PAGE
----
I guess this is happening everywhere. When I was working as a tech for Honda, we weren’t allowed to work on automatic transmissions. We could only swap them out with factory rebuilt units. Which would fail again…
     
  5. dtf

    dtf Jan 4, 2024

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    TAG just fit a new calibre 5 movement and return the watch and the old movement to the customer.

    There’s another thread talking about the provenance of the solar movements, which asserted it was a citizen movement. Personally I don’t see much difference between spending $2000 on a watch with a $100 selita movement and spending $2000 on a watch with a $50 citizen movement. Except there’s a decent chance the citizen one will still work in a years time.
     
  6. abrod520

    abrod520 Jan 4, 2024

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    Well this also just comes with the territory of using in-house movements. But yes it does ensure a separate revenue stream for the manufacture. In the case where movements are replaced, it's often because it's quicker and easier to simply do so given the volume being dealt with. It also makes it cheaper for the consumer who might otherwise balk at a $500 service on their $2000 watch.
    Then, the movement goes back to a central service center where they can service it at their leisure.
     
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  7. Aquagraph

    Aquagraph Jan 4, 2024

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    Well, I for one won't be opening up my Solargraph - ignorance is bliss and yeah I agree with Doug. The idea that your watch is getting 'serviced' like in the old days is fanciful at this end of the market.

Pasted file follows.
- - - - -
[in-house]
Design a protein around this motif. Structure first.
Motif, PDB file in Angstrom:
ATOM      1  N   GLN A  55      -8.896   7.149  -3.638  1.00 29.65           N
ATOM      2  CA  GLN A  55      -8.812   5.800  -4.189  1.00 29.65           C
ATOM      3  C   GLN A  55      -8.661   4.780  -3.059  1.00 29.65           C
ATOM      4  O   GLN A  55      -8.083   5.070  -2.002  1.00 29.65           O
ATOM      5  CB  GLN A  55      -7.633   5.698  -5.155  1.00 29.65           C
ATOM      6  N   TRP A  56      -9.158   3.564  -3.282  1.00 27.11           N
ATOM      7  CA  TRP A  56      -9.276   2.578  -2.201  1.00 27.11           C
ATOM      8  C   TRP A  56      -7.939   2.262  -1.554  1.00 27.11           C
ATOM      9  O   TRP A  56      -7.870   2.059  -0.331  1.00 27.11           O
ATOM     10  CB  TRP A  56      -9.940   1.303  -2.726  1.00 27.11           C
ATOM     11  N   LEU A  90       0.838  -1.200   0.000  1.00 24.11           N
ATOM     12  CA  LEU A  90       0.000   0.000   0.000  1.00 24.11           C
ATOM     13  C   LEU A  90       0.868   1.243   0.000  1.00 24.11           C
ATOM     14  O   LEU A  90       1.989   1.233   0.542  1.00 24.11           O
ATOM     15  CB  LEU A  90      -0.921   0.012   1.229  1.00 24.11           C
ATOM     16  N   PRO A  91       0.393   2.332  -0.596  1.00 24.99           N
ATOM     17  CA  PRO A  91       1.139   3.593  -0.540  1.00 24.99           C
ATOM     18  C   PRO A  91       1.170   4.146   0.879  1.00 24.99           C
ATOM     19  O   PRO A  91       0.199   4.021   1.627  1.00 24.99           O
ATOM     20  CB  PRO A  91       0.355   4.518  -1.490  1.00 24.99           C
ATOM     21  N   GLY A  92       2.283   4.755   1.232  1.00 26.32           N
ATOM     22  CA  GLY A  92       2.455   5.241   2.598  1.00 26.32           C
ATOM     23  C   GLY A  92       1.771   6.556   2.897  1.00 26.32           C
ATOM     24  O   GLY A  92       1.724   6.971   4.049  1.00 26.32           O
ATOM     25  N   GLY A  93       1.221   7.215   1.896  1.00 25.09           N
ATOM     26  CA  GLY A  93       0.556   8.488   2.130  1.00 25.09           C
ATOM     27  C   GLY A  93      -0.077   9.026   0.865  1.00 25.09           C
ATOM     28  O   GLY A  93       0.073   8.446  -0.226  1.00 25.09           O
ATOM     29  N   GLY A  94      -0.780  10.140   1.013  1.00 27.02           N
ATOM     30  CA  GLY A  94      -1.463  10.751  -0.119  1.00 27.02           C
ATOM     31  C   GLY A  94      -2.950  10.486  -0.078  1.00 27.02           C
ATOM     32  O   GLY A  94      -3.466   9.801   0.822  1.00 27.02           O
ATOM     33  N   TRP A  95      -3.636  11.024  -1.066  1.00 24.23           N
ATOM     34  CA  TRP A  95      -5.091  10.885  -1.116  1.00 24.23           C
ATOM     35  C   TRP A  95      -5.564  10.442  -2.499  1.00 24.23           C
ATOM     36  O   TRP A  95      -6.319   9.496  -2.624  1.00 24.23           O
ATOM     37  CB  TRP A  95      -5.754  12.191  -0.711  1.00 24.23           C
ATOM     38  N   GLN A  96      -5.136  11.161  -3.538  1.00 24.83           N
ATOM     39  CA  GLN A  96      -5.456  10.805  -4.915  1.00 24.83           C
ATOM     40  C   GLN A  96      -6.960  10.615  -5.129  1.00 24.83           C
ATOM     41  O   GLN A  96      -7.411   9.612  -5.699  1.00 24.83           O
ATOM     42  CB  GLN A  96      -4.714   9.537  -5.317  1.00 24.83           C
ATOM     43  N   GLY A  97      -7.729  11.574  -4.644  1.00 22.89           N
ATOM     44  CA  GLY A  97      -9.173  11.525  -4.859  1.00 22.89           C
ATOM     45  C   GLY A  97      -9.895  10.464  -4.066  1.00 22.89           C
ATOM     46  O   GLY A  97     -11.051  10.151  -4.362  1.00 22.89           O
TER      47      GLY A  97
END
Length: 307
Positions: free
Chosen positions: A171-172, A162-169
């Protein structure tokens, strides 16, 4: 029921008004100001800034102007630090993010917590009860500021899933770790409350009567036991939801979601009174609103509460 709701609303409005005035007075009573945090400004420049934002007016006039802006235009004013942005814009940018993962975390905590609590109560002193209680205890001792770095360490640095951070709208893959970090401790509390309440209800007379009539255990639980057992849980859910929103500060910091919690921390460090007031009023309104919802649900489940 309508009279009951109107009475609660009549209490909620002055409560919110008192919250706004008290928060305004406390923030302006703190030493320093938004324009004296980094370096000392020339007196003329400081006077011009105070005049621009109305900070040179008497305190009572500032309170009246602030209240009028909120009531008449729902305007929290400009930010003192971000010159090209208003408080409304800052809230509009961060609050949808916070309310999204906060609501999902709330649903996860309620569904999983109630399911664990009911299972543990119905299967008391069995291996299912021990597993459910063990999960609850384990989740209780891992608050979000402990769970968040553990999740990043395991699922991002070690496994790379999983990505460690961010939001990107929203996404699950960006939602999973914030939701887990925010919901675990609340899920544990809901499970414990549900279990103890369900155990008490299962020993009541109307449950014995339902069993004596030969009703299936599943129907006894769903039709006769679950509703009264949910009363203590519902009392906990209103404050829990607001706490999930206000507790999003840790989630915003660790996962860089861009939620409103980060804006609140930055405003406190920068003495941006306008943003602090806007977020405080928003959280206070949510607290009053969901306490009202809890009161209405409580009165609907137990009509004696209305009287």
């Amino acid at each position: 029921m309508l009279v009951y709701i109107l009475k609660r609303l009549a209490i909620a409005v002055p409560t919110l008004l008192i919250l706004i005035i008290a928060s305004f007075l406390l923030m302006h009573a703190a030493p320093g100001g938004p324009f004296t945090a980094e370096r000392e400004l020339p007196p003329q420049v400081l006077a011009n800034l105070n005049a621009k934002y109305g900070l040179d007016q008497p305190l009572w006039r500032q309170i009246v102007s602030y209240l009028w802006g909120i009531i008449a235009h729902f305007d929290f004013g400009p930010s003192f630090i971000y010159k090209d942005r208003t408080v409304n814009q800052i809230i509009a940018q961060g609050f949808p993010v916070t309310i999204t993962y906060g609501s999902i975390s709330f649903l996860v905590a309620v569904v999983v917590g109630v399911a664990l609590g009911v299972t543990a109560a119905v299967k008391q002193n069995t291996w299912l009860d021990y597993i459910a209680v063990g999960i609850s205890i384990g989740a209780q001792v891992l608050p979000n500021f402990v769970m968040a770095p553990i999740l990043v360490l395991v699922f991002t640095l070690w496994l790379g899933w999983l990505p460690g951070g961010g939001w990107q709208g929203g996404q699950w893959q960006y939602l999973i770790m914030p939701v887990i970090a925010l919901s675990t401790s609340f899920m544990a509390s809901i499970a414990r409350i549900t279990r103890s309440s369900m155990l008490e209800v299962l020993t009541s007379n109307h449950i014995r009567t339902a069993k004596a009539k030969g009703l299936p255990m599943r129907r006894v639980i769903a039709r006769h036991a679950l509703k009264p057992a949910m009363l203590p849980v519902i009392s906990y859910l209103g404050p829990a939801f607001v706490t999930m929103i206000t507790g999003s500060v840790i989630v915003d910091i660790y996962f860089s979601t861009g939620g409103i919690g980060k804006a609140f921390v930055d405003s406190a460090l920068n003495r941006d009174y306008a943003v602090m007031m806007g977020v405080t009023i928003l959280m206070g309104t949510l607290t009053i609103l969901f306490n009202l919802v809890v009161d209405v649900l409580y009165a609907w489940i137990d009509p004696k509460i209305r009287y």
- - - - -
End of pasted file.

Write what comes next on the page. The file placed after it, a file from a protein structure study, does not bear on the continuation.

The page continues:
8. Jim Dollares

    Jim Dollares Jan 4, 2024

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    Knowing that the movement is developed by solar power expert Citizen is a quality mark in my eyes. Imagine the nightmare and quality issues if TAG Heuer developed their own solar powered movement inside the house.

    About the whole serviceable or not. I think many of us need to get rid of the false romantic marketing image of what mechanical watches at the cheap price point (<15k) entail. This is robot built jewelery coming from big factories after all, jewelery that gets fixed as cheap and easily as possible when it is time for the manufacturer to repair it (or "service" as we all call it).
     
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  9. Shane paradis

    Shane paradis Jan 4, 2024

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    I guess you guys have good points. I like to service my own quartz watches, so I might just have to do some research before I buy. I do know that most people aren’t looking service their own watches, so I can see why this isn’t such a big deal to people.

    It will be a little while before I can service my own mechanical watches. But I’m glad that TAG at least will send back the original movement
     
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  10. Jim Dollares

    Jim Dollares Jan 4, 2024

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    It is very cool that you service your own watches, then I totally understand your concerns from a new perspective. I barely change batteries in my watches :D and I've only been a watch addict for about 7 years so I've never had to send a watch for repair, sorry service I mean. I do own the mighty calibro cinco now so I expect the honour of having TAG repairing it in the next couple of years :cool: